I don’t claim to know what the right patent term is, but a one size fits all patent term is just flat out stupid. Why can’t we realize the obvious? Protecting something for so long that it is technologically irrelevant is a waste. Tying innovations up in the Patent Office until they are technologically irrelevant is even more stupid. If we are going to be true to the principles set forth in the Constitution then we need to acknowledge reality and ask the question, namely how long should patent protection be if we want to maximize innovation. The reason nay-sayers don’t want to address this is because while some inventions might deserve less than 20 years, a lot of inventions will require more than 20 years because the risk is so high and the amount at risk is unbelievably high. So when they refuse to engage in the discussion be suspicious.
“I’ve read tons of studies on patents and innovation, and never seen any that shows patents lead to more optimal innovation.”
Would you please stop reading studies and look at history! Studies are done by academics with an agenda, are based on thought experiments, do not take into consideration important factors and are preconceived in order to come out with a particular answer. These same folks that look at studies will absolutely and correctly point out that when something is funded by industry and supports industry it should be taken with a grain of salt. Yet, when those with an anti-patent agenda do a study that concludes patents are bad, evil or simply not supported they are hailed as heroes for conducting truly independent and impartial research. Get a grip!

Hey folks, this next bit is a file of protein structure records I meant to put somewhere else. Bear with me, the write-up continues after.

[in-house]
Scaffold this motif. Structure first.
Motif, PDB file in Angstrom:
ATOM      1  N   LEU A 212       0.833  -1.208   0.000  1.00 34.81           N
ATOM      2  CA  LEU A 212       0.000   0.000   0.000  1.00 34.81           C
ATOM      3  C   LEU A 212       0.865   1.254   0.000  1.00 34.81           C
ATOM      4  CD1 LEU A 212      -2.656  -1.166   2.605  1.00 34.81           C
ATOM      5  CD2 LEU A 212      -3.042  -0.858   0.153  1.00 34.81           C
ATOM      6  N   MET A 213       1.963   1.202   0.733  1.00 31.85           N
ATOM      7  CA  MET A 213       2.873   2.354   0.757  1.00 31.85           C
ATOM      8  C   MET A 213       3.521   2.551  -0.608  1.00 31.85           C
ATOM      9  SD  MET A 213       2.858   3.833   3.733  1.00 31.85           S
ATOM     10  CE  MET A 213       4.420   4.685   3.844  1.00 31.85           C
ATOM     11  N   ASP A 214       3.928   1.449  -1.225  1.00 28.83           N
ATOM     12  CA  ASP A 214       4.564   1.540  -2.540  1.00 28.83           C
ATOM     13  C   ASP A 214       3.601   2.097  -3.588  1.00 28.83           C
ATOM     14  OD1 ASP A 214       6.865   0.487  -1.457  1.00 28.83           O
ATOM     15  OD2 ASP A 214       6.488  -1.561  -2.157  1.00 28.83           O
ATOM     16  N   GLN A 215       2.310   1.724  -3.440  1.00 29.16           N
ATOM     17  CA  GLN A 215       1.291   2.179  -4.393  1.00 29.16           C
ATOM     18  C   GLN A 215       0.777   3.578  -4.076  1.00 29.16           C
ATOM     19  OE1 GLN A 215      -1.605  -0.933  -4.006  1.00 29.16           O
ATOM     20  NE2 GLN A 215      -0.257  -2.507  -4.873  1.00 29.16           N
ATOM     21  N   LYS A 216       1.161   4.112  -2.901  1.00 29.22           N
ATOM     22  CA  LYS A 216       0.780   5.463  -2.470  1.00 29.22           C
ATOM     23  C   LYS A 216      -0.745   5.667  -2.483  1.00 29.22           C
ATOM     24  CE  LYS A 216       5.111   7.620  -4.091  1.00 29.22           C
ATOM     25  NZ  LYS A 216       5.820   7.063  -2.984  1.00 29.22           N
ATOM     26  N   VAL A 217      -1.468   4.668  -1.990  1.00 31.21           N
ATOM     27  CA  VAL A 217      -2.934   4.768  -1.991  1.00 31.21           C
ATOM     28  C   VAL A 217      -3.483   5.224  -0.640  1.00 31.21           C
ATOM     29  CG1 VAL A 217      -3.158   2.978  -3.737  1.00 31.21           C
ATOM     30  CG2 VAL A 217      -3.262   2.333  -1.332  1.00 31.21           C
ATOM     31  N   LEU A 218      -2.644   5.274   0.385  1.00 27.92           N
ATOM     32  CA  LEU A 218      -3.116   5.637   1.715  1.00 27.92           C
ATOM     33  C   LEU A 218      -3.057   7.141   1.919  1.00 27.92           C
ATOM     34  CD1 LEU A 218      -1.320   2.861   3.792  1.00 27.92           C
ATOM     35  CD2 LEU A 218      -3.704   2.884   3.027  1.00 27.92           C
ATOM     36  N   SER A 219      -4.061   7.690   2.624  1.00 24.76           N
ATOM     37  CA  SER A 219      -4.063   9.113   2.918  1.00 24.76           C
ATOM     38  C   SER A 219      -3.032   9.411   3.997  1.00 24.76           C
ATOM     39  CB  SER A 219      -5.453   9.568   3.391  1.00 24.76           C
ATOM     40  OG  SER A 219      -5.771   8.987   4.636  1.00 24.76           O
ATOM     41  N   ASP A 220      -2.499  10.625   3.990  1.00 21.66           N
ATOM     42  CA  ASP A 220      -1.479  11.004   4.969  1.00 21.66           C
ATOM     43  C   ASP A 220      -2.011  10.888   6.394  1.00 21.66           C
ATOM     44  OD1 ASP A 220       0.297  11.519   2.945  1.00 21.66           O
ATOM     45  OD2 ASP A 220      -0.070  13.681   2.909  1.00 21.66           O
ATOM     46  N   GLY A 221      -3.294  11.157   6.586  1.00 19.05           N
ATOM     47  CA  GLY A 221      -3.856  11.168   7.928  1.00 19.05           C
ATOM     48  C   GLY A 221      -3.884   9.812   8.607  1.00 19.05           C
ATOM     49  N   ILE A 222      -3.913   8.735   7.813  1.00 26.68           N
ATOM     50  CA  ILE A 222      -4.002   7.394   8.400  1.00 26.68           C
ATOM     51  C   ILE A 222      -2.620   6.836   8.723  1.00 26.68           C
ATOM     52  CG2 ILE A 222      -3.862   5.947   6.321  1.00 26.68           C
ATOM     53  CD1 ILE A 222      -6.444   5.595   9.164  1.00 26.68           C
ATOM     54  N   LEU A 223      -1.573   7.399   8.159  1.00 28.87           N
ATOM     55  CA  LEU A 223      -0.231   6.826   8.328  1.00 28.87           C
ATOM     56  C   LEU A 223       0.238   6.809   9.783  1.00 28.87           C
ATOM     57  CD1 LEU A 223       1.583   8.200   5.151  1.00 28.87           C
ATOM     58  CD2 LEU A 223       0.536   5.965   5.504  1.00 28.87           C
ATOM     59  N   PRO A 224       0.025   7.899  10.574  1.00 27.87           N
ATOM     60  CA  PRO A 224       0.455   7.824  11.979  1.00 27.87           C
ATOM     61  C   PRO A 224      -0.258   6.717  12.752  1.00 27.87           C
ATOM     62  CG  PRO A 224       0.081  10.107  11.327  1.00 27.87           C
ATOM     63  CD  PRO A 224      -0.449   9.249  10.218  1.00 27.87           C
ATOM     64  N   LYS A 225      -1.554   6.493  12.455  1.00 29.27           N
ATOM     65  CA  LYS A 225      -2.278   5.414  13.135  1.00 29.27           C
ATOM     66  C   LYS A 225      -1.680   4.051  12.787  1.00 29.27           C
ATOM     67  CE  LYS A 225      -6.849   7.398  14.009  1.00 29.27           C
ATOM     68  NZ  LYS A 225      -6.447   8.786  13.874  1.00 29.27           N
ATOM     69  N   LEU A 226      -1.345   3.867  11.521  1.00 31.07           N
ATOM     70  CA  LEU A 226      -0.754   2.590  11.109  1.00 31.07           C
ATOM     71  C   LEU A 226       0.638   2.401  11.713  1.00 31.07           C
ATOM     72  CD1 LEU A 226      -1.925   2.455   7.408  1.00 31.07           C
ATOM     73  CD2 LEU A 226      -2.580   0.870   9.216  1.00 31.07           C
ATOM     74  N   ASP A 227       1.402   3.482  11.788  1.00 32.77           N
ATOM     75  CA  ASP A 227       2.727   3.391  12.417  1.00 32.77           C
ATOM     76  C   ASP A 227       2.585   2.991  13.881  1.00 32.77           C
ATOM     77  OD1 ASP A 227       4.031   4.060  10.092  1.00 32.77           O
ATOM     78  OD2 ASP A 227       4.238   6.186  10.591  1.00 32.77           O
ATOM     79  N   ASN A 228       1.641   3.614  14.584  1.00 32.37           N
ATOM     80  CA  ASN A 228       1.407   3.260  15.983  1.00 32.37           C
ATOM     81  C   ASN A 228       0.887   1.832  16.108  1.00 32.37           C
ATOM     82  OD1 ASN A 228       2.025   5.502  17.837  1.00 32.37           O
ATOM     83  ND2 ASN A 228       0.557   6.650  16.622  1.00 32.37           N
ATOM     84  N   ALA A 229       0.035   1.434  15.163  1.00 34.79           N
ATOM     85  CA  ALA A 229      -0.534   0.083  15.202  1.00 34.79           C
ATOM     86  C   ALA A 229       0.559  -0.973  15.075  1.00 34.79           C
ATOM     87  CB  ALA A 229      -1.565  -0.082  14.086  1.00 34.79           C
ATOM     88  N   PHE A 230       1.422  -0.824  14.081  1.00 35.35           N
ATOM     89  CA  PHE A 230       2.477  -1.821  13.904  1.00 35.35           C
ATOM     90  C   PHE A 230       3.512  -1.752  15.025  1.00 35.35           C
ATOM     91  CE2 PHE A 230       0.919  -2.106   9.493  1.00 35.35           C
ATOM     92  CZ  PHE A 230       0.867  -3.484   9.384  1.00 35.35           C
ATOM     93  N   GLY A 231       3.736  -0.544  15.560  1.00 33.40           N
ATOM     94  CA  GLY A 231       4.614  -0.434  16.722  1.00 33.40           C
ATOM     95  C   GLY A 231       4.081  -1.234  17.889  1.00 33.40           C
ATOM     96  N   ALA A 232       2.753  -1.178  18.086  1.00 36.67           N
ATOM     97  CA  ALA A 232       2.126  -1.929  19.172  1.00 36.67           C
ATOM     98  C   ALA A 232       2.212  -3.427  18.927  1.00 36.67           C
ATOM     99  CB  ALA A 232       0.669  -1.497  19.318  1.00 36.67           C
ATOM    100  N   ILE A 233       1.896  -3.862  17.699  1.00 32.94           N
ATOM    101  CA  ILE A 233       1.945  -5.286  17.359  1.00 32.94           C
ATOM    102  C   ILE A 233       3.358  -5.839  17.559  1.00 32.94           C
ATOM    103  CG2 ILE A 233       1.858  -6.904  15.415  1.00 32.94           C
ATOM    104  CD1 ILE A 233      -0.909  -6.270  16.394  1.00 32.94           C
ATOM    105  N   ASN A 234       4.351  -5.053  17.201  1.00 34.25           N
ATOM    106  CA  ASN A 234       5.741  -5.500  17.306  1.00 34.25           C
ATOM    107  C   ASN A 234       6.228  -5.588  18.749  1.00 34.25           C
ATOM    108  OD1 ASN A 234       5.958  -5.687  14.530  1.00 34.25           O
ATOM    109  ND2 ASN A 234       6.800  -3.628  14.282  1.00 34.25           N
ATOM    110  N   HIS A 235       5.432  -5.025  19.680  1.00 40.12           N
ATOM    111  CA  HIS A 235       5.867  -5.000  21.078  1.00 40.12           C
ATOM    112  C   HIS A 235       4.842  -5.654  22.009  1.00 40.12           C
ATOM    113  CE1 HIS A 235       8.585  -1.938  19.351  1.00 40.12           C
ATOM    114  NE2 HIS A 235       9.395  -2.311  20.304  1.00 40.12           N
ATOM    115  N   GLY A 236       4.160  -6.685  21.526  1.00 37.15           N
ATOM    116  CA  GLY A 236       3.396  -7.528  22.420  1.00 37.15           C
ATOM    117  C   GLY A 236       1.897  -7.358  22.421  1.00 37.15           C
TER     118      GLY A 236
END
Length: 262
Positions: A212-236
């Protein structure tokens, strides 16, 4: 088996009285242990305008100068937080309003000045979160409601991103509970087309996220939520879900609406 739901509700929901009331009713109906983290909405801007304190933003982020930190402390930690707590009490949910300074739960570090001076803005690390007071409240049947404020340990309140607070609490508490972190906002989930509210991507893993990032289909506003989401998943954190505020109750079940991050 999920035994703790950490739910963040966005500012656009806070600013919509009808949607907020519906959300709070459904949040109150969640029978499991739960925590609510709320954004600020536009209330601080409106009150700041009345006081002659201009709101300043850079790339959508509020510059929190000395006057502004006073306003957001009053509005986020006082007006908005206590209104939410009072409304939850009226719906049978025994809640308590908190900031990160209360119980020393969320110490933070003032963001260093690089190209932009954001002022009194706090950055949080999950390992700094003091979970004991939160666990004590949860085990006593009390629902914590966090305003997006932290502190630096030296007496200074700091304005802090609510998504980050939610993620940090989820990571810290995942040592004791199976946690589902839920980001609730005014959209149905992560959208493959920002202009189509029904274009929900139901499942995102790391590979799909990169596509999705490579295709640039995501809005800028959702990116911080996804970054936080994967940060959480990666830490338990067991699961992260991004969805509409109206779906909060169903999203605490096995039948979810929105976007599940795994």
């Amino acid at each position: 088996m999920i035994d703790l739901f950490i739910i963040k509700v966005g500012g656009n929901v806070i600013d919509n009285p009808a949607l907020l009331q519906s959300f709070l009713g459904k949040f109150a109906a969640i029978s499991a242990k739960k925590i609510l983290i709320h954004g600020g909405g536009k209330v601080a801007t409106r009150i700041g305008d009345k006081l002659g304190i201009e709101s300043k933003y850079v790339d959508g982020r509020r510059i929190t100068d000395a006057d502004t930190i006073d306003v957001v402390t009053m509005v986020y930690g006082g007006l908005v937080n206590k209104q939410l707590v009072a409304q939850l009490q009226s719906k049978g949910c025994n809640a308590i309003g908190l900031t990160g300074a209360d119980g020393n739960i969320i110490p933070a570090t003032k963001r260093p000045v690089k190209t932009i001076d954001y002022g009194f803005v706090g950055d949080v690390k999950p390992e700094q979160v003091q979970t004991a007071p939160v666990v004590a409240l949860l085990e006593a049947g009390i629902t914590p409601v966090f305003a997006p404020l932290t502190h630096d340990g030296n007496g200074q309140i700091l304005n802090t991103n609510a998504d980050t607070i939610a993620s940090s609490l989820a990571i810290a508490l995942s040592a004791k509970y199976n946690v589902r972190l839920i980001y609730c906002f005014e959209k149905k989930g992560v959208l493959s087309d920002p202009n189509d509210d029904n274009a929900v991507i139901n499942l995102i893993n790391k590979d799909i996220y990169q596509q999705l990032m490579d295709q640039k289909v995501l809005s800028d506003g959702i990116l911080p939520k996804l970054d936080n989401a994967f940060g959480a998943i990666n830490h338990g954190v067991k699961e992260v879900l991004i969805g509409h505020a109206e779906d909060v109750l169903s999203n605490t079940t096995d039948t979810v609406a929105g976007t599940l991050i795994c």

The facts are clear, no studies are necessary. When patent rights are strong industry that requires those rights forms. When rights are weak industry does not form. When rights transform from strong to weak industry leaves. Look at the pharmaceutical industry. A clear majority of the world-wide industry is located in the US, and because India has become a major player over the years Indian law was changed to protect pharma. Pharma is leaving Europe, and is found no where the rights are weak or non-existent. Also look at China. Since the Chinese have taken steps to take patents seriously and steps to at least start to or occasionally crack down on copyright piracy and trademark counterfeiting, investment is flowing into China and companies are seeking Chinese patents. That is not accidental, it is causal. Also look at the countries, such as India and South Africa, that have taken steps to mimic US Bayh-Dole legislation, where government provides seed money, Universities do basic research and own rights and then license out to industry. Everyone, including Vice President Joe Biden, acknowledges that Bayh-Dole is the most successful piece of legislation in the post World War II era. It created no problems or unrest, and simultaneously provided enormous benefit to society, industry and the US economy.